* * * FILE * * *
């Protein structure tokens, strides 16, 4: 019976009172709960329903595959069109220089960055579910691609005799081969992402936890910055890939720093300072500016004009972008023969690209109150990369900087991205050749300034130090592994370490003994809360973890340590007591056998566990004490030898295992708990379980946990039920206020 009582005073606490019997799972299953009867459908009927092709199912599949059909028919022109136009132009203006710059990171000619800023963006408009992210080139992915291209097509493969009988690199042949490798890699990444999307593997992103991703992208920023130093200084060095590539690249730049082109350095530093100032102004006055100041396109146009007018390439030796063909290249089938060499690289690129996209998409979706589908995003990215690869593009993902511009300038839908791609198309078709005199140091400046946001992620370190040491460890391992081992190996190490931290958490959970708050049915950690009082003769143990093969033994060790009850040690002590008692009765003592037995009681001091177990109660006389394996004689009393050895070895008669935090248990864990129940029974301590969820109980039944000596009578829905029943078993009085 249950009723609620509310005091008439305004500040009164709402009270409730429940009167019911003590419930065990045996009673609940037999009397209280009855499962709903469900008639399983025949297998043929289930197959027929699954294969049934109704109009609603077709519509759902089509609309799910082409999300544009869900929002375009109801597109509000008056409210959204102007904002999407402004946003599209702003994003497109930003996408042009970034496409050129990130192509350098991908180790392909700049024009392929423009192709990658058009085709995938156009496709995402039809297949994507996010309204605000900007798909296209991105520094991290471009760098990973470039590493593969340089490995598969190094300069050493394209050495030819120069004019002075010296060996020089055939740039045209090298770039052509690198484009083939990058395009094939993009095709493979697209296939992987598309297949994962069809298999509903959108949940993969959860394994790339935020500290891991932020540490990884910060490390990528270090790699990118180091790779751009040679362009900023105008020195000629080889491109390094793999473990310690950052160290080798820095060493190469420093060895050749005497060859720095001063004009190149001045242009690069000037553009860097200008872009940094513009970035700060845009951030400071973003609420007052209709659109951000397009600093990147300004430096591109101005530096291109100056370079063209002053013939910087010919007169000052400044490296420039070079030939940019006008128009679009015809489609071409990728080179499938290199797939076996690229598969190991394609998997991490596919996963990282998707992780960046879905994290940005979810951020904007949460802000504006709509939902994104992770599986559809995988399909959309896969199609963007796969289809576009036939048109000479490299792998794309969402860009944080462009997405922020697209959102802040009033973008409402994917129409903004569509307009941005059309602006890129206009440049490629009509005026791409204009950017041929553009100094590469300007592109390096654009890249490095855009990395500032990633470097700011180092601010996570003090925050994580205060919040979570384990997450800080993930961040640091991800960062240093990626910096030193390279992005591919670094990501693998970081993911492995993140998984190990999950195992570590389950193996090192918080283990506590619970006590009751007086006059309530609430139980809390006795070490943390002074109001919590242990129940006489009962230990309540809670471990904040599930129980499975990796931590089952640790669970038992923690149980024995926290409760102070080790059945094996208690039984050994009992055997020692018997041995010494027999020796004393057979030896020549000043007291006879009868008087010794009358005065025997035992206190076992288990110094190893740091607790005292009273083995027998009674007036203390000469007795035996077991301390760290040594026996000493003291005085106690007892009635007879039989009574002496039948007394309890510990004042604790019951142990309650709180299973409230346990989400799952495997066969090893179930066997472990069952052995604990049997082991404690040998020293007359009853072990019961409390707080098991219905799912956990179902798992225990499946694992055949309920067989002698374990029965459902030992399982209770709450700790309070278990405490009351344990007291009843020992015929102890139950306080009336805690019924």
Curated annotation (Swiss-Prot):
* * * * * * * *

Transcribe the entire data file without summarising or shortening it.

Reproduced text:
């Protein structure tokens, strides 16, 4: 019976009172709960329903595959069109220089960055579910691609005799081969992402936890910055890939720093300072500016004009972008023969690209109150990369900087991205050749300034130090592994370490003994809360973890340590007591056998566990004490030898295992708990379980946990039920206020 009582005073606490019997799972299953009867459908009927092709199912599949059909028919022109136009132009203006710059990171000619800023963006408009992210080139992915291209097509493969009988690199042949490798890699990444999307593997992103991703992208920023130093200084060095590539690249730049082109350095530093100032102004006055100041396109146009007018390439030796063909290249089938060499690289690129996209998409979706589908995003990215690869593009993902511009300038839908791609198309078709005199140091400046946001992620370190040491460890391992081992190996190490931290958490959970708050049915950690009082003769143990093969033994060790009850040690002590008692009765003592037995009681001091177990109660006389394996004689009393050895070895008669935090248990864990129940029974301590969820109980039944000596009578829905029943078993009085 249950009723609620509310005091008439305004500040009164709402009270409730429940009167019911003590419930065990045996009673609940037999009397209280009855499962709903469900008639399983025949297998043929289930197959027929699954294969049934109704109009609603077709519509759902089509609309799910082409999300544009869900929002375009109801597109509000008056409210959204102007904002999407402004946003599209702003994003497109930003996408042009970034496409050129990130192509350098991908180790392909700049024009392929423009192709990658058009085709995938156009496709995402039809297949994507996010309204605000900007798909296209991105520094991290471009760098990973470039590493593969340089490995598969190094300069050493394209050495030819120069004019002075010296060996020089055939740039045209090298770039052509690198484009083939990058395009094939993009095709493979697209296939992987598309297949994962069809298999509903959108949940993969959860394994790339935020500290891991932020540490990884910060490390990528270090790699990118180091790779751009040679362009900023105008020195000629080889491109390094793999473990310690950052160290080798820095060493190469420093060895050749005497060859720095001063004009190149001045242009690069000037553009860097200008872009940094513009970035700060845009951030400071973003609420007052209709659109951000397009600093990147300004430096591109101005530096291109100056370079063209002053013939910087010919007169000052400044490296420039070079030939940019006008128009679009015809489609071409990728080179499938290199797939076996690229598969190991394609998997991490596919996963990282998707992780960046879905994290940005979810951020904007949460802000504006709509939902994104992770599986559809995988399909959309896969199609963007796969289809576009036939048109000479490299792998794309969402860009944080462009997405922020697209959102802040009033973008409402994917129409903004569509307009941005059309602006890129206009440049490629009509005026791409204009950017041929553009100094590469300007592109390096654009890249490095855009990395500032990633470097700011180092601010996570003090925050994580205060919040979570384990997450800080993930961040640091991800960062240093990626910096030193390279992005591919670094990501693998970081993911492995993140998984190990999950195992570590389950193996090192918080283990506590619970006590009751007086006059309530609430139980809390006795070490943390002074109001919590242990129940006489009962230990309540809670471990904040599930129980499975990796931590089952640790669970038992923690149980024995926290409760102070080790059945094996208690039984050994009992055997020692018997041995010494027999020796004393057979030896020549000043007291006879009868008087010794009358005065025997035992206190076992288990110094190893740091607790005292009273083995027998009674007036203390000469007795035996077991301390760290040594026996000493003291005085106690007892009635007879039989009574002496039948007394309890510990004042604790019951142990309650709180299973409230346990989400799952495997066969090893179930066997472990069952052995604990049997082991404690040998020293007359009853072990019961409390707080098991219905799912956990179902798992225990499946694992055949309920067989002698374990029965459902030992399982209770709450700790309070278990405490009351344990007291009843020992015929102890139950306080009336805690019924």
Curated annotation (Swiss-Prot):